Jerry Lai-USA TODAY Sports

Mike Greenberg seems incapable of giving an actual opinion about anything

Alex Reimer
August 07, 2018 - 11:32 am

Mike Greenberg is pulling off one of the greatest magic routines in recent memory. Every morning, he hosts a three-hour talk show on ESPN. And yet, he appears incapable of articulating an actual opinion. 

When “Get Up” launched in April, one of the primary concerns was whether Greenberg, who spent 17 years cultivating a milquetoast radio persona on “Mike & Mike,” would be able to siphon viewers away from the multitude of other morning shows out there. While Michelle Beadle and Jalen Rose are also fixtures on the program, it’s Greenberg’s show. He’s reportedly being paid $6.5 million per year. 

So far, ratings for “Get Up” have been poor. The early returns were dreadful, with the inaugural episode drawing just 283,000 viewers –– down significantly from the traditional version of “SportsCenter” that aired in its time slot one year prior. Over the last three months, it hasn’t gotten much better. In July, the show averaged 222,632 viewers per episode, according to the Twitter account that tracks “Get Up’s” minuscule audience. 

The main issue with “Get Up” is there’s no real reason to watch. Traditional highlight shows recap the previous night’s action with more proficiency, speciality programs like “Good Morning Football” cover individual sports, and debate shows usually feature at least one captivating anchor. “Get Up” is a mishmash of all three, minus the personality.

A lot of this falls back on Greenberg. He never generates reaction, spewing mealy-mouthed monologues about topics ranging from Tom Brady abruptly ending his training camp scrum to the Astros acquiring alleged domestic abuser Roberto Osuno. Last week, here is what Greenberg had to say about Boston Globe reporter Ben Volin asking Brady about Julian Edelman’s connection to Alex Guerrero and TB12:

“I thought it was really interesting. I can’t make up my own mind if I think the question is legitimate or illegitimate,” Greenberg said, committing the cardinal sin of vacillation just two sentences into his take. “I’m not sure if that’s even the right way to describe it. But Alex Guerrero has become such an incredibly significant figure around the Patriots for a variety of reasons, and of them having to do with this. But when you heard Edelman was suspended, and that he was working with Guerrero, it is a connection that was made in certain places. Again, no one is painting a picture of, ‘Clearly Guerrero is funneling these guys PEDs.’ No one is saying that. I don’t think the question necessarily was suggesting that. But there is an inference, I guess. I understand Brady being made upset by it.”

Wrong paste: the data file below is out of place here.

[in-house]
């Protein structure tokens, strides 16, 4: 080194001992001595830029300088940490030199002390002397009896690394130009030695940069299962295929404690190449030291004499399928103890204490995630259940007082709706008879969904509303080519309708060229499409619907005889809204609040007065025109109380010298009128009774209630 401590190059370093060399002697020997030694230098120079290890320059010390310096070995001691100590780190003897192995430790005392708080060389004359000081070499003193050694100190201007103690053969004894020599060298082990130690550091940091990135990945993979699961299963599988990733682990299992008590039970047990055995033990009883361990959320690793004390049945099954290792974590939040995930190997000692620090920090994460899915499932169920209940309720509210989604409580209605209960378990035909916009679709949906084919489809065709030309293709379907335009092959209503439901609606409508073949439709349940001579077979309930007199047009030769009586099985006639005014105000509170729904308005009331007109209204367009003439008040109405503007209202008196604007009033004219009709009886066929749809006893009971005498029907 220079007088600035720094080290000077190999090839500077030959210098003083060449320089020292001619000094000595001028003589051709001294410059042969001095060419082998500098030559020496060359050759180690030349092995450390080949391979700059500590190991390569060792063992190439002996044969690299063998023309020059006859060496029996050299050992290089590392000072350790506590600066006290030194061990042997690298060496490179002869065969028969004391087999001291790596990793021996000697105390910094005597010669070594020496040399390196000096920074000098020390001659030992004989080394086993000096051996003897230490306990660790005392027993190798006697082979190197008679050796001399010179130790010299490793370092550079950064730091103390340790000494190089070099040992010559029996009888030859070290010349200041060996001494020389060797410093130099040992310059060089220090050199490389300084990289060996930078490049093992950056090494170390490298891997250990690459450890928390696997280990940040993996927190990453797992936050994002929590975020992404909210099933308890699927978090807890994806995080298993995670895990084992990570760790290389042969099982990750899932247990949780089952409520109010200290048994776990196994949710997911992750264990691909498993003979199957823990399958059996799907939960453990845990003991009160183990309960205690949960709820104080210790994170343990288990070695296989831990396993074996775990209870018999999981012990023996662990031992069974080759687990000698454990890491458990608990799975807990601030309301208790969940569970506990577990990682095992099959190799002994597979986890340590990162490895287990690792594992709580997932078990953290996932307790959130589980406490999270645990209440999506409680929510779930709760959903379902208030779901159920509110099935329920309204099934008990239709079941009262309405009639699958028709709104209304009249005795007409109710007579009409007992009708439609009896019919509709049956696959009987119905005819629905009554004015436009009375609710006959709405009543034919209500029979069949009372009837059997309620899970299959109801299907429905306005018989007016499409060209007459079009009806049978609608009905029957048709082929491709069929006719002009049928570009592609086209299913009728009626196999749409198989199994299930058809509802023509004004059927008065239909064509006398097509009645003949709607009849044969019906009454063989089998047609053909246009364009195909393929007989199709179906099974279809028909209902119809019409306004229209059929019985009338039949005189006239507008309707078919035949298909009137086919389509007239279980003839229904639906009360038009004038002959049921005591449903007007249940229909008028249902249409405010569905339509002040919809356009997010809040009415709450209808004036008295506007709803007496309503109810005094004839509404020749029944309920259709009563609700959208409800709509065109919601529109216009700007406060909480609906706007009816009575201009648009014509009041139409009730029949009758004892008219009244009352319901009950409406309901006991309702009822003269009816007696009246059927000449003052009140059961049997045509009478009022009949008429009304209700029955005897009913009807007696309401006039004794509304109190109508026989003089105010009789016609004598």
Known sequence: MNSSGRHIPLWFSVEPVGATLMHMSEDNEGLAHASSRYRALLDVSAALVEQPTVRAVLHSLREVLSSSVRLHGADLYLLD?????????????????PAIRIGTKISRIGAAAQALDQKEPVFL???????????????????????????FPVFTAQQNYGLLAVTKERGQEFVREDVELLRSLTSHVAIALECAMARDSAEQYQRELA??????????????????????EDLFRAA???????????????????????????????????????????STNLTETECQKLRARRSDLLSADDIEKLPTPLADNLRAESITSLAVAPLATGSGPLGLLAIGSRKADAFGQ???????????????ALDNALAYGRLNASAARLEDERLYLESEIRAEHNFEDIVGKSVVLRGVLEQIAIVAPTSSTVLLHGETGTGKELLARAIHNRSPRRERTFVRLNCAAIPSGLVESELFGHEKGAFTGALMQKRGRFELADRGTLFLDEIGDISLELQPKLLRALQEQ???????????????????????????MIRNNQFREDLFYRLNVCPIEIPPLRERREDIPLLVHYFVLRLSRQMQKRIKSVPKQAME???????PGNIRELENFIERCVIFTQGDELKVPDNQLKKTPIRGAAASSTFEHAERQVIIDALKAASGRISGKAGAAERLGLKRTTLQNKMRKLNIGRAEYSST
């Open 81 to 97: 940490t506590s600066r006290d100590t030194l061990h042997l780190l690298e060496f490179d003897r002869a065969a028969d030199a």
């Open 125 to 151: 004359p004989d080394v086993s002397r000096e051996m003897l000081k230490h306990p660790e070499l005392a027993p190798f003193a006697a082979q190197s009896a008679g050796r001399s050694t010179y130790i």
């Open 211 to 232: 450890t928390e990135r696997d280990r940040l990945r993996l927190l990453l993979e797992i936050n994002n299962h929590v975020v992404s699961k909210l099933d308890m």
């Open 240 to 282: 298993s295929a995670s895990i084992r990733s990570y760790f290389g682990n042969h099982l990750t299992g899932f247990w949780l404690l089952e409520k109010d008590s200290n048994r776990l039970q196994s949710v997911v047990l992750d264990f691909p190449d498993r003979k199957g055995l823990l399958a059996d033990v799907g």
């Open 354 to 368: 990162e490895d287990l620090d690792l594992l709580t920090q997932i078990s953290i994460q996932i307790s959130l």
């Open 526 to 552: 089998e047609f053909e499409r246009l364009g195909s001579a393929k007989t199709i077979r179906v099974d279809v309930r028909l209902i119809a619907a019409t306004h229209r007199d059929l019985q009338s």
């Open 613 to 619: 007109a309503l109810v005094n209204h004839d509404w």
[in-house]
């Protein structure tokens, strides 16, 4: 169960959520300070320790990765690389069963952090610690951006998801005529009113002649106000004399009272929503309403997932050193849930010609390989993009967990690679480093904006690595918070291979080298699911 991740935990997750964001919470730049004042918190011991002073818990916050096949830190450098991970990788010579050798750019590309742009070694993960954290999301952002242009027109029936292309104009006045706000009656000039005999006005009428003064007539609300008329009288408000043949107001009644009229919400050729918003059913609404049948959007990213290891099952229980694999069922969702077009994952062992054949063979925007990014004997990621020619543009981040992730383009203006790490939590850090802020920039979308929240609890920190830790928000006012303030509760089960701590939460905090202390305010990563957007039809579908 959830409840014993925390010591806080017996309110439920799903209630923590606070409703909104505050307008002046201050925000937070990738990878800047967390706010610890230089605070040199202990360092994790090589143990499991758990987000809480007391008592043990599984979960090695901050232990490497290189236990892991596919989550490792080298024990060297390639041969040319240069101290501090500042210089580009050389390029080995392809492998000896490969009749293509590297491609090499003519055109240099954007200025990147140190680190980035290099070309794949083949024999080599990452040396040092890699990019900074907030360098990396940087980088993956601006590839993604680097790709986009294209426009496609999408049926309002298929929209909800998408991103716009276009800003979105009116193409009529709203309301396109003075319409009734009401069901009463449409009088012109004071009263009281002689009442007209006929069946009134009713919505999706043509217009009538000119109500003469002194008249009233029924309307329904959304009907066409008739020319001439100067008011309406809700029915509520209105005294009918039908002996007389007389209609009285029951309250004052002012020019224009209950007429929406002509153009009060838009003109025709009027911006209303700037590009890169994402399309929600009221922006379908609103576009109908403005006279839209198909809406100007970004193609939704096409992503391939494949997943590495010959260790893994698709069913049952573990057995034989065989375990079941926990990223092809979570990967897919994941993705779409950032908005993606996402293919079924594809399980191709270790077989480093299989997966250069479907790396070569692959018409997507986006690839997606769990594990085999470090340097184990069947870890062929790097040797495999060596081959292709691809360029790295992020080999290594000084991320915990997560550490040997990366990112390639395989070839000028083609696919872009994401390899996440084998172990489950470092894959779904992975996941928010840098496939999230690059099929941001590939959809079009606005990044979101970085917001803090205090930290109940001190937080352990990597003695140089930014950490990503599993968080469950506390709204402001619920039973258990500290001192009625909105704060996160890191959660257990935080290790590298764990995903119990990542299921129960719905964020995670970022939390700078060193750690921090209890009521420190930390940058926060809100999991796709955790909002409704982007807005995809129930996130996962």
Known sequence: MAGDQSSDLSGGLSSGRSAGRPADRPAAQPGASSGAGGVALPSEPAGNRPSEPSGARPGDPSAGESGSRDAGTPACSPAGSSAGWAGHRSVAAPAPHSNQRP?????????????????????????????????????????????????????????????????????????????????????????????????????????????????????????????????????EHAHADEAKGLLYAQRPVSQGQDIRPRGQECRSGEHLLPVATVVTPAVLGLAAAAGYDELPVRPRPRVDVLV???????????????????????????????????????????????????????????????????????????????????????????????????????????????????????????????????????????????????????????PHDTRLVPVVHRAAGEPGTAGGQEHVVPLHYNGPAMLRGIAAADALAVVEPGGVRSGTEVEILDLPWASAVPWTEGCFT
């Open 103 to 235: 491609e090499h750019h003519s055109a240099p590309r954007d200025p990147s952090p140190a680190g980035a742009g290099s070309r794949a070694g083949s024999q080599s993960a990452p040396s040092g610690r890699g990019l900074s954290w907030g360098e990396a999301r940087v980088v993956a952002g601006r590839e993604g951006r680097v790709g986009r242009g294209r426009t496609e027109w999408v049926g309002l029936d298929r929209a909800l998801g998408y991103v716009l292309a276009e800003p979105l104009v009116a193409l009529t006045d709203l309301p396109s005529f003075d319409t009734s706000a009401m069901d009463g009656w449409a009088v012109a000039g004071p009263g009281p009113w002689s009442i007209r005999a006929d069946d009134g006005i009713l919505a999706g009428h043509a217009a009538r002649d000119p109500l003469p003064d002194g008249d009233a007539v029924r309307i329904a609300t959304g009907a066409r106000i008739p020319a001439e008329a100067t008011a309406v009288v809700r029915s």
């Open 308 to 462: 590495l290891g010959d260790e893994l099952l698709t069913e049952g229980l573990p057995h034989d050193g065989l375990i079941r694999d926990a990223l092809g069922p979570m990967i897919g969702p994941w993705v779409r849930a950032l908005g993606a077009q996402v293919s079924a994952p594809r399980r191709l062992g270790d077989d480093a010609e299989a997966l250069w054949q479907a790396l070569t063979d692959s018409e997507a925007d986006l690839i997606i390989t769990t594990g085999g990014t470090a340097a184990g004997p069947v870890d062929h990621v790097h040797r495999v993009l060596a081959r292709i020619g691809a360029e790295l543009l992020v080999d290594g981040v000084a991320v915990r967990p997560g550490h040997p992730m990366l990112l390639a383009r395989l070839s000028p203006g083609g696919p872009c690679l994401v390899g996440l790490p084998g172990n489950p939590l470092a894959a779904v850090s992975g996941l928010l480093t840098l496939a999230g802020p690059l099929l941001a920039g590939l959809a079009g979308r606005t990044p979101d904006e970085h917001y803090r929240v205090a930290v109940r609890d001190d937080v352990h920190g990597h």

Those are 128 words of nothing. Since Greenberg is unwilling to take an actual stand on the appropriateness of a question in a press conference, it’s not surprising he shied away from offering a concrete opinion on the Astros’ acquisition of Osuna, who just returned from serving an 80-game suspension for domestic violence.

“It’s one thing if you have a player in your own organization who’s involved in a domestic incident like this one and has a suspension and you say, ‘We know him, we believe in him, we’re going to give him a second chance. This is a person who’s been part of what we’ve done,’” Greenberg said Monday. “It does feel different to go out and acquire someone in that circumstance who is basically a stranger to everyone here. It really does feel like a, ‘Winning is more important than any of these other things.’ I do wonder how you feel if you’re a fan of that team. Again, it was the feel-good story of all of sports, and there is an element of that that I think has gone away here. Do you guys share that perspective on this? I don’t know what exactly to make of this decision by the Astros.”

The hot takes that come from Max Kellerman, Stephen A. Smith and Skip Bayless are often mockable. But they often manage to go viral, and drive the conversation on certain topics. We spend lots of time on WEEI, for example, reacting to their latest rants.

It’s understandable if Greenberg doesn’t want to go that route. But he’s also not being interesting. He’s just saying … nothing. As a result, “Get Up” is failing on all accounts. It isn’t drawing any ratings, and fails to generate buzz. 

That’s not a formula for success in morning TV. 

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